Black History Month Talk Blog

This month, we asked members of WSUM to reflect upon Black History month, what it means to them, how they celebrate, and what Black trailblazers they admire. Read below to see how WSUM reflects on this month.

In solidarity, Karla Ponce, WSUM Talk Director

Biggie Smalls, TLC, Kool-aid, and Collard Greens

“I was born by the river, in a little tent…” are the lyrics and melody of my childhood. These words from Sam Cooke’s “A Change Is Gonna Come” were nothing, but background noise and an alert that someone was calling my grandma’s phone. I had never learned the title of the song, who it was by, or any lyrics beyond the few words sung before she picked up and said “Hello?”. It wouldn’t be until this year, fittingly during Black History Month, that I would find out this information. It feels kind of sad writing that about myself—that I didn’t know. It also feels kind of sad that my grandma has had that ringtone for decades, a song released when she was 13 years old. A song released at the height of the Civil Rights Movement when Black people’s hope, fear, and resilience was strong. I guess these things make this song nostalgic too. A reminder of that hope, fear, and resilience. Also a reminder of how far we have come, how far she has come. It derives a mix of joy, nostalgia, and sorrow.

I think this reflects what Black History Month means to me and how it makes me feel. Black History Month is sorrowful. It is consistent reminders of Black struggle. It is misquoting Dr. Martin Luther King Jr. in the name of activism. It is pictures of my great grandmother who has passed away. It is a song of the Blues and wishing for a brighter day. It is witnessing the anti-blackness still in our world. It is making the most of the shortest month of the year. It is remembering countless Black lives stolen. It is the horrifying prison system and mass incarceration. It is the absent Black father stereotype. It is a reminder of the way that this country has failed Black people time and time again.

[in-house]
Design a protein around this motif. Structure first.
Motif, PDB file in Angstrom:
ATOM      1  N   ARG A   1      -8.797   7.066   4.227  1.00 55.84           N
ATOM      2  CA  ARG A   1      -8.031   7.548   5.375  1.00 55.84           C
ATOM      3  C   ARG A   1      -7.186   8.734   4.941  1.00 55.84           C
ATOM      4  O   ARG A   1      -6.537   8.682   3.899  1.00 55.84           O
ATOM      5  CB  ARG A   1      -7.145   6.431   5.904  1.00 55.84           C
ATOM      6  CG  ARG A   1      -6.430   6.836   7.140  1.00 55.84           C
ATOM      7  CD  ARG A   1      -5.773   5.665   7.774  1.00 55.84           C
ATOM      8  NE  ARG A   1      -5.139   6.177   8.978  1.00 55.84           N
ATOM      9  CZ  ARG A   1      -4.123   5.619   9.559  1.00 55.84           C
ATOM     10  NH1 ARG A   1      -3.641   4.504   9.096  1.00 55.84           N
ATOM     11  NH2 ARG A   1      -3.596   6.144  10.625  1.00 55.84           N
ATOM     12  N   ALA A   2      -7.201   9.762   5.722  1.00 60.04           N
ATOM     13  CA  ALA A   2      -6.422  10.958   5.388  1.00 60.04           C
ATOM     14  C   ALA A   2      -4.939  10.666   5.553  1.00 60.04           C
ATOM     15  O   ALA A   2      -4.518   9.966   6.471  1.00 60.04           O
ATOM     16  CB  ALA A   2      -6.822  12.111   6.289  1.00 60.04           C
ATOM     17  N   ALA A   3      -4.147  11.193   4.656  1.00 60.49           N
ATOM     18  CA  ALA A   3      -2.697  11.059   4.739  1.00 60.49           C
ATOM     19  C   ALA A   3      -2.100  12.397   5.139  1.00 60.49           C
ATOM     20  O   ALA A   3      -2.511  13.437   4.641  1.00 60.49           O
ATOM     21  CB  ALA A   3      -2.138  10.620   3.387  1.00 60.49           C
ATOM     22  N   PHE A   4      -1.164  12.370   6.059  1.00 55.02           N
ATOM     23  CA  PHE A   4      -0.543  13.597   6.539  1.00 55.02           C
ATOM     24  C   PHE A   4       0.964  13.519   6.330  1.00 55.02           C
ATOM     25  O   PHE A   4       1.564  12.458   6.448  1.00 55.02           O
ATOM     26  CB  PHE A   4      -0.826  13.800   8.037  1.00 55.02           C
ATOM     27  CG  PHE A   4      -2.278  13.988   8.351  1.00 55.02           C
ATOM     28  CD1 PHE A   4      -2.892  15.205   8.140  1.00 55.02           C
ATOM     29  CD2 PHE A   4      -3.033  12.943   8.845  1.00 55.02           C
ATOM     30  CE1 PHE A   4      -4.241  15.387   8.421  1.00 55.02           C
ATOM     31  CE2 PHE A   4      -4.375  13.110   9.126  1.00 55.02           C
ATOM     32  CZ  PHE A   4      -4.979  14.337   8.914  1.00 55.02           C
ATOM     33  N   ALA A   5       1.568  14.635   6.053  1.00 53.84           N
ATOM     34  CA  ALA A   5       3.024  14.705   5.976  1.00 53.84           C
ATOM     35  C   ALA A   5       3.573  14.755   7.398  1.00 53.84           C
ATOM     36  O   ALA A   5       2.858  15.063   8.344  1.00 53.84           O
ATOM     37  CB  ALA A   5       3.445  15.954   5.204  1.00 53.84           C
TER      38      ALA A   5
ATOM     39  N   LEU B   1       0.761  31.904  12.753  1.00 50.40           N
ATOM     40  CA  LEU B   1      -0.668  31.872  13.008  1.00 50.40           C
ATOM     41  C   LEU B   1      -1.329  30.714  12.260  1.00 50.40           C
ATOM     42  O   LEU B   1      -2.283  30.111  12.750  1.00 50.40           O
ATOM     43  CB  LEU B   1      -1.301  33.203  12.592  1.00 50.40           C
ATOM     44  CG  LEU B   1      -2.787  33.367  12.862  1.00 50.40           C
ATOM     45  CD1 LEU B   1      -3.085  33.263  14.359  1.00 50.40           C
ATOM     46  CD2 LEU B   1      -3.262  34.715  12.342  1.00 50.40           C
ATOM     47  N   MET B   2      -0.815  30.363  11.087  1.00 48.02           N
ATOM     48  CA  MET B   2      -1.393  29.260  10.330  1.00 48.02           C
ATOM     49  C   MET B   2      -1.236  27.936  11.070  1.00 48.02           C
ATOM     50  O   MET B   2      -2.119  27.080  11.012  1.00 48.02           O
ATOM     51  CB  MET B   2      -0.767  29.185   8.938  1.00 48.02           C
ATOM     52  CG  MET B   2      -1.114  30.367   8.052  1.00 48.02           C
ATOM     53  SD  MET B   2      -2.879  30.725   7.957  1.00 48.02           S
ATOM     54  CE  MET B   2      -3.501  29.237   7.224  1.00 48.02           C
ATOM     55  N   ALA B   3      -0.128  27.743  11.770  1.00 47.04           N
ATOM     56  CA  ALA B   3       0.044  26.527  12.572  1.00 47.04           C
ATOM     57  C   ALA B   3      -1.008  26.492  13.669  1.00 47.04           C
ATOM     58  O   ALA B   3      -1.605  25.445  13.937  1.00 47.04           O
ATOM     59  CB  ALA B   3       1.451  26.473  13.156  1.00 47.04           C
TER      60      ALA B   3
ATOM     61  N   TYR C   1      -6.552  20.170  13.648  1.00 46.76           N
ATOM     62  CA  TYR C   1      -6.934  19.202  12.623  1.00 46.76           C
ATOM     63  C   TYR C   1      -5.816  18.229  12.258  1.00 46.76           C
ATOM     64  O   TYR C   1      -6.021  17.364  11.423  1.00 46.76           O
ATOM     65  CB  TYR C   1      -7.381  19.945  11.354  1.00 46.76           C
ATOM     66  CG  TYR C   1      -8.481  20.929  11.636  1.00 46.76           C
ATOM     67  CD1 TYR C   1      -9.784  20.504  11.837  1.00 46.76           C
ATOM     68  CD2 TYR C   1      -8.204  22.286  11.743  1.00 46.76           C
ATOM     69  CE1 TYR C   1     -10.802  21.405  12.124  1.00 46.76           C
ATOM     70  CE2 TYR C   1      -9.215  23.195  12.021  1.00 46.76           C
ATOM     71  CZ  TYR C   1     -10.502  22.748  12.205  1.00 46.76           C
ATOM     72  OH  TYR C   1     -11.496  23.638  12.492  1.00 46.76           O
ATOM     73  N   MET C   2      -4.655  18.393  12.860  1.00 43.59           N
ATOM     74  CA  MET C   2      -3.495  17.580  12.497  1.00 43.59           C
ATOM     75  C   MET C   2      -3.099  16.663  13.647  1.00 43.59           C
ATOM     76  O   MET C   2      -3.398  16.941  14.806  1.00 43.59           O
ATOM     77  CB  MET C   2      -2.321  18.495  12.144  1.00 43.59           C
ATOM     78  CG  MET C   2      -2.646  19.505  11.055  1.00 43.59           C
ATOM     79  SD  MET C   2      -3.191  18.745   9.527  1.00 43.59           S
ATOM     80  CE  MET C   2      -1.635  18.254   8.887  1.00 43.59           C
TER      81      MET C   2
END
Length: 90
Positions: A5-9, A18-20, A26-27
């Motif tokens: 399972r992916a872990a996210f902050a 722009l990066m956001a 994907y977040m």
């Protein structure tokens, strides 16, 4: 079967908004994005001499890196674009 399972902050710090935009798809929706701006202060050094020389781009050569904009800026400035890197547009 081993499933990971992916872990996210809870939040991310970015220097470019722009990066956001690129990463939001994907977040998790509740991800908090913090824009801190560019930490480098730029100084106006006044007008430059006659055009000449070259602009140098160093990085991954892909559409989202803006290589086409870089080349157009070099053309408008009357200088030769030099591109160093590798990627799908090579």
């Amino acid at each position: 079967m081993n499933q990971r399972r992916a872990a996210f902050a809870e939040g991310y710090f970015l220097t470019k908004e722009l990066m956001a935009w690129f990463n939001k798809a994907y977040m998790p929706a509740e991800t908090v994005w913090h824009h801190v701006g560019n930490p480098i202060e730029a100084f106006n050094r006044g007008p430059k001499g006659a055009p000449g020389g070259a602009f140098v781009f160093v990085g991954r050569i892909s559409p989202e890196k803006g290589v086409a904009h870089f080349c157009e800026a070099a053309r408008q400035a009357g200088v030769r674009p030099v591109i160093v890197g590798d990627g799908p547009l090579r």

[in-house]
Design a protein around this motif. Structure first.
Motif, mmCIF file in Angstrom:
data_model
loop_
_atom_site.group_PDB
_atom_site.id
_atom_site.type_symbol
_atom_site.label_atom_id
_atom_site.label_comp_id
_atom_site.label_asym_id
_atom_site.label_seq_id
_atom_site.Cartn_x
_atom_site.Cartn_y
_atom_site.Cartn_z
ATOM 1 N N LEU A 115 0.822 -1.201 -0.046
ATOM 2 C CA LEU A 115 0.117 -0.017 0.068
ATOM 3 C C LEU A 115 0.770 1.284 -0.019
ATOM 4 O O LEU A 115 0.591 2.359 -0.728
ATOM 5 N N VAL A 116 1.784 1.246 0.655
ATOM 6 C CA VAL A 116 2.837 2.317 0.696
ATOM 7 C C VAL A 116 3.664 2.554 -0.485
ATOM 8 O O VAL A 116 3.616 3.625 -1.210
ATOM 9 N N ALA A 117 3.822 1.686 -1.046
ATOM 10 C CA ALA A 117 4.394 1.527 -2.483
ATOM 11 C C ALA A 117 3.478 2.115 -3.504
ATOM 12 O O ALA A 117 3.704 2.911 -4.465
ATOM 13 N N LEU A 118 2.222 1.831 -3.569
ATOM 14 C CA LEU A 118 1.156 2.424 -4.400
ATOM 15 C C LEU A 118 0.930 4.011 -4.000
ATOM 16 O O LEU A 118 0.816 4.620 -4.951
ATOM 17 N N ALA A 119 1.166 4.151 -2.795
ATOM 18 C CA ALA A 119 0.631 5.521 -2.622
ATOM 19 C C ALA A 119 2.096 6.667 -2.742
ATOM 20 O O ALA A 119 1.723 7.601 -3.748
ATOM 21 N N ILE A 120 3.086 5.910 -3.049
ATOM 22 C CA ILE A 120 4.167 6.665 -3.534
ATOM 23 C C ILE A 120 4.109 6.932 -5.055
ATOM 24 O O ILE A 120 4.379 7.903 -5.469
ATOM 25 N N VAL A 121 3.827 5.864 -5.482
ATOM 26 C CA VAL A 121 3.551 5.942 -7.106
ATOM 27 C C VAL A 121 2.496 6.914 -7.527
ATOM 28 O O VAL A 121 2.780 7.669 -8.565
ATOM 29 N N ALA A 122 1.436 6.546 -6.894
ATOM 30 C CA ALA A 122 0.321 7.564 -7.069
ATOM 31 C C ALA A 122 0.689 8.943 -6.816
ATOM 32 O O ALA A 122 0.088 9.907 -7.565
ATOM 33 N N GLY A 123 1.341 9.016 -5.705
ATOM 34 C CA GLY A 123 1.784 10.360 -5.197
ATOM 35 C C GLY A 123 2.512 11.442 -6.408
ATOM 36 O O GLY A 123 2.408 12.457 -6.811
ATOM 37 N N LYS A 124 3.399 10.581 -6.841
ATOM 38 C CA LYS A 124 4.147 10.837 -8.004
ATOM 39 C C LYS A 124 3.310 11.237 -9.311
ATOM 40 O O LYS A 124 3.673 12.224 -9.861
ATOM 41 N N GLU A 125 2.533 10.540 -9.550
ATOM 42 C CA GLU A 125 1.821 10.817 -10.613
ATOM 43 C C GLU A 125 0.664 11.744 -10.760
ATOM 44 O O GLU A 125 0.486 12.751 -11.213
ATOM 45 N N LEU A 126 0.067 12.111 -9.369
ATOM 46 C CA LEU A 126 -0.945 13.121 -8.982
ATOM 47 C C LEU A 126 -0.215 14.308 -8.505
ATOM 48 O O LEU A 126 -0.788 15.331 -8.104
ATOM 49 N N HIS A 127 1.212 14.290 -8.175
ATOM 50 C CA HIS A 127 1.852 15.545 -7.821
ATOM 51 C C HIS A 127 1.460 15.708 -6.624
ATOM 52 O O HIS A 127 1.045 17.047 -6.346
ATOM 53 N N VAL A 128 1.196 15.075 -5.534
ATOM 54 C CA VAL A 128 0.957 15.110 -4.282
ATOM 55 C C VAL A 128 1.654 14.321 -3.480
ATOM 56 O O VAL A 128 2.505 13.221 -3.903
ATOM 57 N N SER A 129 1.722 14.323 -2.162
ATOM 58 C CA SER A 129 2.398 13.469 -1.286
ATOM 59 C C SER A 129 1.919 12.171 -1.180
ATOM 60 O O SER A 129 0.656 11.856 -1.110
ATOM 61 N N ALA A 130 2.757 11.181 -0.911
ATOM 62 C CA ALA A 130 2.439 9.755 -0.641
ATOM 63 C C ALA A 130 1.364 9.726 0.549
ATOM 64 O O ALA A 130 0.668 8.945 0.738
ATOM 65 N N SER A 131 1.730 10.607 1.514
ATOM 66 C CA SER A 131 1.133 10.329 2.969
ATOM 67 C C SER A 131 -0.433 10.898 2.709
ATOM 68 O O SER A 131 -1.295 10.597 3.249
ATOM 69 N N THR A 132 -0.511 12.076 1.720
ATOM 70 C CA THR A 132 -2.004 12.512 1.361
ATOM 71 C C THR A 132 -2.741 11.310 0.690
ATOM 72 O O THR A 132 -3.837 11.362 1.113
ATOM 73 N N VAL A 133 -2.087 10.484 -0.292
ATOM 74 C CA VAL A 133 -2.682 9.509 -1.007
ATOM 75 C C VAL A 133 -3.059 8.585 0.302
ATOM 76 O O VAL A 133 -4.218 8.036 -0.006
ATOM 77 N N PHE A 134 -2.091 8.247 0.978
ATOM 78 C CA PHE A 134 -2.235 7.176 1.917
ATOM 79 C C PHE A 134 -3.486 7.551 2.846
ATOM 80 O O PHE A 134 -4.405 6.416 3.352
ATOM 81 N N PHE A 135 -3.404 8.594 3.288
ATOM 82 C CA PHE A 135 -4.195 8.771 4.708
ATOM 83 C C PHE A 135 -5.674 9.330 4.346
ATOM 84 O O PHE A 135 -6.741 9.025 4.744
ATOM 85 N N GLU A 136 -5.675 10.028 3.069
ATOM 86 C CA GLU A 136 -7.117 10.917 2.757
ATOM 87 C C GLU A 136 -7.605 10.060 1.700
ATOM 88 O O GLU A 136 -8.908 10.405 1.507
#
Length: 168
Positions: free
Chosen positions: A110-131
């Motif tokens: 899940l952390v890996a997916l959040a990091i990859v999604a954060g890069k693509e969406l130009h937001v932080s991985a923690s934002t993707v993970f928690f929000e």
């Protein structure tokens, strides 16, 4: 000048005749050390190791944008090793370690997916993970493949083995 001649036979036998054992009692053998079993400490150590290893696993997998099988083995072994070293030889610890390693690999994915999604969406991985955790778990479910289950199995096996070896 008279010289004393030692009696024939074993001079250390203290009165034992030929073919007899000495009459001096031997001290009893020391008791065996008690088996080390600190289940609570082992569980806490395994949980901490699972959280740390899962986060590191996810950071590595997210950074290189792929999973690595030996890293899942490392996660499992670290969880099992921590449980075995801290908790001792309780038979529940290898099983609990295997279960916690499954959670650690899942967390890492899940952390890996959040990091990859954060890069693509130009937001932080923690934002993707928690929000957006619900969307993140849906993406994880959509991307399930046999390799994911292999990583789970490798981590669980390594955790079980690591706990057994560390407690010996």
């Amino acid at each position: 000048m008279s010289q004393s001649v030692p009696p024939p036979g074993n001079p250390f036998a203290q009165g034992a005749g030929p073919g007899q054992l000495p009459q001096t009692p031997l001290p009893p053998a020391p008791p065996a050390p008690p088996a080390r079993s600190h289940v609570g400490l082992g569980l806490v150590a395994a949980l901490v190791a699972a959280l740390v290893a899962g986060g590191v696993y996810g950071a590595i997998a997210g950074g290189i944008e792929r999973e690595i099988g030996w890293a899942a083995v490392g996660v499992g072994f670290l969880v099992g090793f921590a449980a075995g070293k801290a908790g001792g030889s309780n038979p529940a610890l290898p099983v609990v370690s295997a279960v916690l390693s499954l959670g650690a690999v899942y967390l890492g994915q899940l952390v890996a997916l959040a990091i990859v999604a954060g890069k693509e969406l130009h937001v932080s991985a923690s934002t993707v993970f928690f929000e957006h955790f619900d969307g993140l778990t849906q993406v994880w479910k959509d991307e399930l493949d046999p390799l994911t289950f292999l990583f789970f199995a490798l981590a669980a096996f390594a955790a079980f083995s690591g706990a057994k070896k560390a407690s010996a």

However, Black History Month is also full of joy. It is a celebration of Blackness. It is a time to acknowledge the sacredness of family and our community. It is my mother dancing her ass off to Biggie Smalls, TLC, and Prince. It is my sister and I creating a dance to “Proud Mary” by Tina Turner and “Rapper’s Delight” by The Sugarhill Gang at 10 and 12 years old. It is feeling welcome in a space where you see others with skin like your own. It is memories of the “Cookout” and doing the Electric Slide. It is “red flavored” Kool-aid. It is reminiscing over stories through photos of my childhood. It is laughing about being “tender-headed” and my mother doing braids too tight. It is the joy of the beads on my braids clacking together when I whipped my hair around. It is going to church at the butt crack of dawn, twelve too many songs from the choir, and a meal afterwards. It is fried chicken, collard greens, and mashed potatoes. It is my mom telling me to go outside because my grandma was making chitlins and it smelled terrible. It is Black solidarity and beauty found yesterday, today, and forever.